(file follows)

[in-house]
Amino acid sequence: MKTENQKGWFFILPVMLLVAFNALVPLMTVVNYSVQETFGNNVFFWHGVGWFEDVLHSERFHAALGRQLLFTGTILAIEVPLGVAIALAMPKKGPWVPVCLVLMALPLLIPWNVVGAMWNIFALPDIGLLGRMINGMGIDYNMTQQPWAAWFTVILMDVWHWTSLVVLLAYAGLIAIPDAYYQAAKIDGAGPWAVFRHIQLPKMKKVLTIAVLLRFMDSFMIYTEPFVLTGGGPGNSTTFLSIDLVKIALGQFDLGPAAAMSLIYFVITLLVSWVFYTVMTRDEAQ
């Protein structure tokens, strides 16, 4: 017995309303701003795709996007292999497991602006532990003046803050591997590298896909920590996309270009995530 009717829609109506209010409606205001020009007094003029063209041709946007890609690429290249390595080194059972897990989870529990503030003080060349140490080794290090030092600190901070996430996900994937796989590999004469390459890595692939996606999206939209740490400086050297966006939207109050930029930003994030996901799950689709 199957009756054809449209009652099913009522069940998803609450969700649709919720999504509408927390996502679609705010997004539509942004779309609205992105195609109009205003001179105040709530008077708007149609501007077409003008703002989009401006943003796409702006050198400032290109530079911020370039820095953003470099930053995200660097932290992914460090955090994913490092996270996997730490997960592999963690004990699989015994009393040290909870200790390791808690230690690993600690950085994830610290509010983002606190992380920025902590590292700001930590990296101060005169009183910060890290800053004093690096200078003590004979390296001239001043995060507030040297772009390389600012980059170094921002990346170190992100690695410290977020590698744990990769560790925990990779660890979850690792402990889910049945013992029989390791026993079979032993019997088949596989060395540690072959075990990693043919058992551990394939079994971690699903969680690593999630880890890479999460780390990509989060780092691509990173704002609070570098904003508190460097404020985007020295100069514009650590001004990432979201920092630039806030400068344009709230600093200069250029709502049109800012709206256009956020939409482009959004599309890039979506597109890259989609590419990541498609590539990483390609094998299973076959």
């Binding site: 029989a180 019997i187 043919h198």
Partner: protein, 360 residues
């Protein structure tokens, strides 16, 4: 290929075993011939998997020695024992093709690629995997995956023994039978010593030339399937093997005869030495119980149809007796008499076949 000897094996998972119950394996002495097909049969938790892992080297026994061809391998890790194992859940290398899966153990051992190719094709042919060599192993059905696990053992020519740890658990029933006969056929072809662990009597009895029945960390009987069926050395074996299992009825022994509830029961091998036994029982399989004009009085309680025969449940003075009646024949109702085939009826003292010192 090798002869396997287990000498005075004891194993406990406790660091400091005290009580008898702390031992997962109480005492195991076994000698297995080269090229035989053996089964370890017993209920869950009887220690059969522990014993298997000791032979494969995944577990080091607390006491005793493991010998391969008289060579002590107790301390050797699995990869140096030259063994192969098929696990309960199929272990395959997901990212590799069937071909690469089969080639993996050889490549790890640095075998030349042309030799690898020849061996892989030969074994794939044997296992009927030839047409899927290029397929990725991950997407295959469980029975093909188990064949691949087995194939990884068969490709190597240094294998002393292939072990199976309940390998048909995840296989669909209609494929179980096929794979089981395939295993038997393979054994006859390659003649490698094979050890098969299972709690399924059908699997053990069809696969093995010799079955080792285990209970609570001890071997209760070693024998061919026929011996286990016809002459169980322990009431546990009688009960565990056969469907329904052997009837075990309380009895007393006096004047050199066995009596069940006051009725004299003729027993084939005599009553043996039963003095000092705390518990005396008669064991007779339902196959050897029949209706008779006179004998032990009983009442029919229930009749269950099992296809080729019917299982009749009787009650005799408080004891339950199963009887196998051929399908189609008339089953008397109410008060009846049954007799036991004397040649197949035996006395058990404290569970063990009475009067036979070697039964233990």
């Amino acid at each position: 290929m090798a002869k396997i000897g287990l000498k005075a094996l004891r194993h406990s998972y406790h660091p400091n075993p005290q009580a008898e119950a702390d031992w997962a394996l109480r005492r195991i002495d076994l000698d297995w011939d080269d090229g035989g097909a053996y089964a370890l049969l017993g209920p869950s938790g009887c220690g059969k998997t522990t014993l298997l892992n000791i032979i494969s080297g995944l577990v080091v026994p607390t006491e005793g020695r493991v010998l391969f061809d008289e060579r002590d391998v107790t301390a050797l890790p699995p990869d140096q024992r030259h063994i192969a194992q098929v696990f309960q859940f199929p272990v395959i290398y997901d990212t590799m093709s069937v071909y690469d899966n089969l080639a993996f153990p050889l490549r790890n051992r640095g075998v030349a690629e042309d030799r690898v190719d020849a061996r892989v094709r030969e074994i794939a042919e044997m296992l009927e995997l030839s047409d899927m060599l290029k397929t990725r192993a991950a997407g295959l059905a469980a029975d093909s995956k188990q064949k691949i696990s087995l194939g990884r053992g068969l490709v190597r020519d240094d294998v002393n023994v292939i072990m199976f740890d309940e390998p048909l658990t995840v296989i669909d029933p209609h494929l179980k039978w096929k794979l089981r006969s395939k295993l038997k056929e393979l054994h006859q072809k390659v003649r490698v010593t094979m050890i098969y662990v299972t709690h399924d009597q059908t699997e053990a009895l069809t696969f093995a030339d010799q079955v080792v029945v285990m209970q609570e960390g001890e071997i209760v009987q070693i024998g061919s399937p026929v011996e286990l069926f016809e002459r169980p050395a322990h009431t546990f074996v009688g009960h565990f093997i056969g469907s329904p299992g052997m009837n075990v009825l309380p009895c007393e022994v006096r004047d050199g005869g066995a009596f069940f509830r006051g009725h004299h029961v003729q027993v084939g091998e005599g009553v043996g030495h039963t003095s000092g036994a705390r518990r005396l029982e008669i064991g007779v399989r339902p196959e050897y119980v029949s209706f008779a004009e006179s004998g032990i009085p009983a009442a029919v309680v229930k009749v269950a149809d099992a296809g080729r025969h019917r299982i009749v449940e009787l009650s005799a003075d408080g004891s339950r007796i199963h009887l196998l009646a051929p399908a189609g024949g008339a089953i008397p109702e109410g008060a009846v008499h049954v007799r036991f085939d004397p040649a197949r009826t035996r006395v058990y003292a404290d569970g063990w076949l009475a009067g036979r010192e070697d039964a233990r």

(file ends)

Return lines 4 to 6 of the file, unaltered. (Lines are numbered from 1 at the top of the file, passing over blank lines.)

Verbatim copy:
């Binding site: 029989a180 019997i187 043919h198």
Partner: protein, 360 residues
């Protein structure tokens, strides 16, 4: 290929075993011939998997020695024992093709690629995997995956023994039978010593030339399937093997005869030495119980149809007796008499076949 000897094996998972119950394996002495097909049969938790892992080297026994061809391998890790194992859940290398899966153990051992190719094709042919060599192993059905696990053992020519740890658990029933006969056929072809662990009597009895029945960390009987069926050395074996299992009825022994509830029961091998036994029982399989004009009085309680025969449940003075009646024949109702085939009826003292010192 090798002869396997287990000498005075004891194993406990406790660091400091005290009580008898702390031992997962109480005492195991076994000698297995080269090229035989053996089964370890017993209920869950009887220690059969522990014993298997000791032979494969995944577990080091607390006491005793493991010998391969008289060579002590107790301390050797699995990869140096030259063994192969098929696990309960199929272990395959997901990212590799069937071909690469089969080639993996050889490549790890640095075998030349042309030799690898020849061996892989030969074994794939044997296992009927030839047409899927290029397929990725991950997407295959469980029975093909188990064949691949087995194939990884068969490709190597240094294998002393292939072990199976309940390998048909995840296989669909209609494929179980096929794979089981395939295993038997393979054994006859390659003649490698094979050890098969299972709690399924059908699997053990069809696969093995010799079955080792285990209970609570001890071997209760070693024998061919026929011996286990016809002459169980322990009431546990009688009960565990056969469907329904052997009837075990309380009895007393006096004047050199066995009596069940006051009725004299003729027993084939005599009553043996039963003095000092705390518990005396008669064991007779339902196959050897029949209706008779006179004998032990009983009442029919229930009749269950099992296809080729019917299982009749009787009650005799408080004891339950199963009887196998051929399908189609008339089953008397109410008060009846049954007799036991004397040649197949035996006395058990404290569970063990009475009067036979070697039964233990």